Zonkey Boot has been around for over a decade, yet still remains a bit of a hidden gem for many. It’s kind of a mystery to me, since it’s a brand with a distinct own character not really found from any other brand, making hand welted and Norvegese stitched shoes of excellent quality. Here’s a substantial review of a seriously cool green wholecut derby boot.


Brand: Zonkey Boot
Model: 231 Marco Wholecut Derby Boots from Shrunken Bull Leather
Colour: Racing Green
Last: Classic
Size: UK11 (modified)
Sole: Double studded Vibram rubber soles
Price: €930 (if stock model, these are specially made for me with modified lasts to suit my difficult feet. They are a review pair from Zonkey Boot)

The boots to be reviewed.

The boots to be reviewed.


The manufacturer

Zonkey Boot was founded in 2010, by the couple Alexandra Diaconu and Michael Rollig. The Austrian Rollig had previously set up Saint Crispin’s, the famous premium brand based out of Austria making their shoes in Romania. With Zonkey Boot, Michael Rollig went southwest instead of southeast, and works together with a workshop  in Veneto, Italy.

Boots from Zonkey Boots.

Zonkey stuff.

Zonkey Boot have a very distinct personal style, with a focus on more casual models with slightly special patterns and a lot of interesting leathers like for example shrunken bull that my pair is made of, so called “russian calf” and even elephant leather (CITES certified). They also have a few models with hand stitched uppers, which certainly is unique stuff, which incredibly enough doesn’t cost more than the regular models. The shoes are hand welted or with hand braided Norvegese stitching, and then with machine stitched outsoles.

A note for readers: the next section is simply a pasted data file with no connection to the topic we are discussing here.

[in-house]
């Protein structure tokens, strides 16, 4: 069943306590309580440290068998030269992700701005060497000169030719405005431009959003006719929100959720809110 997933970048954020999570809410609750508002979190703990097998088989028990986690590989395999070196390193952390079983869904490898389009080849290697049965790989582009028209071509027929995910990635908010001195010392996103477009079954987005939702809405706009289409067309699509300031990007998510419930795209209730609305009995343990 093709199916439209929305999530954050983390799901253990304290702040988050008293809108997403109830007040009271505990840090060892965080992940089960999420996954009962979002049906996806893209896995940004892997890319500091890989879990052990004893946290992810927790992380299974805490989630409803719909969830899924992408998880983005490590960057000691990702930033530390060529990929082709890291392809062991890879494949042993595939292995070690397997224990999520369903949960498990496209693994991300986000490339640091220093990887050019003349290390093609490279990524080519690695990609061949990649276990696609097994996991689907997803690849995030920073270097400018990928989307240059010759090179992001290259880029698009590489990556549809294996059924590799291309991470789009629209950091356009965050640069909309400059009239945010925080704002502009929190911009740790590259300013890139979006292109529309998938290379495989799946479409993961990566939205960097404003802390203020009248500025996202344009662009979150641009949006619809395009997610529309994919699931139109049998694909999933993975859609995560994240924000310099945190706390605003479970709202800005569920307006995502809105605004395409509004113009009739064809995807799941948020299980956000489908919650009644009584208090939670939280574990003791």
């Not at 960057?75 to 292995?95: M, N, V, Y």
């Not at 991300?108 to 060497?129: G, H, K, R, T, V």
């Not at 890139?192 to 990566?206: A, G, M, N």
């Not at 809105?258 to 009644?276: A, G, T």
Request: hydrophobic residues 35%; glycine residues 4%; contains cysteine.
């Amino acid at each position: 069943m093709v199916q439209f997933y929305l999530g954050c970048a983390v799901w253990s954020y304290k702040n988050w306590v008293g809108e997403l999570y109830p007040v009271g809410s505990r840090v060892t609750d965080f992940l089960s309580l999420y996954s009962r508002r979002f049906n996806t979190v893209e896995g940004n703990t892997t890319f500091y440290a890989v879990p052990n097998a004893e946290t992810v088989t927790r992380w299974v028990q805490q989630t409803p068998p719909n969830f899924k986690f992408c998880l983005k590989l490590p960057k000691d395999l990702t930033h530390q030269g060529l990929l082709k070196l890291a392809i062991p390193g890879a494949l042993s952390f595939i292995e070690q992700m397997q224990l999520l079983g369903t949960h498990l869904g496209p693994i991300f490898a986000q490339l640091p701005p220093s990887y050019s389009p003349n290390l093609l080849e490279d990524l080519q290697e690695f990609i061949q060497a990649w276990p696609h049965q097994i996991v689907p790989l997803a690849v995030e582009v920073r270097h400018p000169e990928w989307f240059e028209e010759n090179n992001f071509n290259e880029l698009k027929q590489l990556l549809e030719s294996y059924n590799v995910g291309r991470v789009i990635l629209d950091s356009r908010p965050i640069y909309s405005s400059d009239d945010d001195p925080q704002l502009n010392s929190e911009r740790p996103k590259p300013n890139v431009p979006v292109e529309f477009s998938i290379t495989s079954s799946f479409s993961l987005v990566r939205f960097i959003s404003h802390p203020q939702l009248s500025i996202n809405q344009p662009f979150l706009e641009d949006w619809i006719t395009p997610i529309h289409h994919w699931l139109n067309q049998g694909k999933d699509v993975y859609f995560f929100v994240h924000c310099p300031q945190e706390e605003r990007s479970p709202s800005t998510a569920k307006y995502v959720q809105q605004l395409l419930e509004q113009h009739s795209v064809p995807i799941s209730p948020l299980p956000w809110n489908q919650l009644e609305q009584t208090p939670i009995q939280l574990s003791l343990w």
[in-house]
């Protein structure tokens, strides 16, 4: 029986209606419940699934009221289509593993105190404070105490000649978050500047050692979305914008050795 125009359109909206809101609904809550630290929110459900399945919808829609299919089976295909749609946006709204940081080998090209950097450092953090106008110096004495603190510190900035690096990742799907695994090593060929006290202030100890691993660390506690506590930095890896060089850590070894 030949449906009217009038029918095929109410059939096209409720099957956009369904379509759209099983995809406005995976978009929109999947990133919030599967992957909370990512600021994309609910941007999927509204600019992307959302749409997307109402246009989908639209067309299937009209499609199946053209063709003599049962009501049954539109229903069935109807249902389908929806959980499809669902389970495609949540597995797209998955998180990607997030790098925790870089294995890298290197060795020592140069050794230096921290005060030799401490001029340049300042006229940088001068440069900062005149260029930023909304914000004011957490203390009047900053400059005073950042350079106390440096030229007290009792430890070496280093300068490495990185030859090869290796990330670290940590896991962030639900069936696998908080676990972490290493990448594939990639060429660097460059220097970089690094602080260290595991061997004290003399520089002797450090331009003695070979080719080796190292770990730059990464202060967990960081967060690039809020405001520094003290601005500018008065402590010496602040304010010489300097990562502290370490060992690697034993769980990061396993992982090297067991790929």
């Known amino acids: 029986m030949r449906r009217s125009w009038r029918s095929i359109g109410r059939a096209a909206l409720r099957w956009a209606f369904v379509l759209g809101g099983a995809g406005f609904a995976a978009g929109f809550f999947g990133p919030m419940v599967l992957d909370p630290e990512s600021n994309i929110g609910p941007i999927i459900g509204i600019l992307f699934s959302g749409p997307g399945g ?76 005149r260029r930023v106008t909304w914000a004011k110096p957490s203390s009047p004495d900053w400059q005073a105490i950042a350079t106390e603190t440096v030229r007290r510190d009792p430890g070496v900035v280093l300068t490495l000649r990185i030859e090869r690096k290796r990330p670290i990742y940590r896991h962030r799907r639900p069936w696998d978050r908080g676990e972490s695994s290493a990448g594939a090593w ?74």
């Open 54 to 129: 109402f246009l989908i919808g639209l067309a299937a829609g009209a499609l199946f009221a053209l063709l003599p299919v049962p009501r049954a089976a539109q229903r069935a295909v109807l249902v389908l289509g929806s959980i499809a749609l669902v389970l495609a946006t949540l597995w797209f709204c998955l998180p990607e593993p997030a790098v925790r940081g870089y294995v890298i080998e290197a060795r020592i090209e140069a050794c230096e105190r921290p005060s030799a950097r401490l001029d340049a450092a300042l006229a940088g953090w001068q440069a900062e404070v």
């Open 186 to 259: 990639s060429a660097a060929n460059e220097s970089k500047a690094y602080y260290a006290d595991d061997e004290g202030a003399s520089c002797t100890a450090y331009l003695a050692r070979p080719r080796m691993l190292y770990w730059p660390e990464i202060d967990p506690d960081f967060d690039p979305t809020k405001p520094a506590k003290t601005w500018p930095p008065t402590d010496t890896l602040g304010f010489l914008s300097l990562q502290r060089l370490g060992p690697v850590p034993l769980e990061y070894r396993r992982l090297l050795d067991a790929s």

Boots with hand stitched uppers.

Boots with hand stitched uppers. Previous two pictures: Zonkey Boot


Ordering process

Zonkey Boot is available to order from their own website, they have about 70 different models, both boots and shoes. They are displayed with excellent photos, and with good information. They also have a highly flexible MTO service where you can make a lot of things, check out their lookbook of previous MTO’s to understand what I mean. Upcharge for MTO is 30%. They also have a few selected retailers around the world, mainly in the US and Asia.

For my pair, given that I’ve tested the Classic last before and knowing that it didn’t really fit me perfectly, Michael offered to make me a pair on a personalised version of the lasts. So I sent my measurement, what I wear in other makers RTW etc, and they did a Made to Measure solution where the RTW Classic last was modified to fit me better. They used the final uppers made up to “welted stage” (although here just a temporary sole put on), which was sent for me to assess the fit. Some modifications were needed, quite a bit actually, so was a bit nervous of how the final pair would end up. I believe it’s possible for others to get modified lasts, cost would vary depending on how big changes are needed. The model I chose is normally made on the Sailor last, but personally I’m not a fan of that, Classic last is definitely the last from Zonkey that is most to my liking.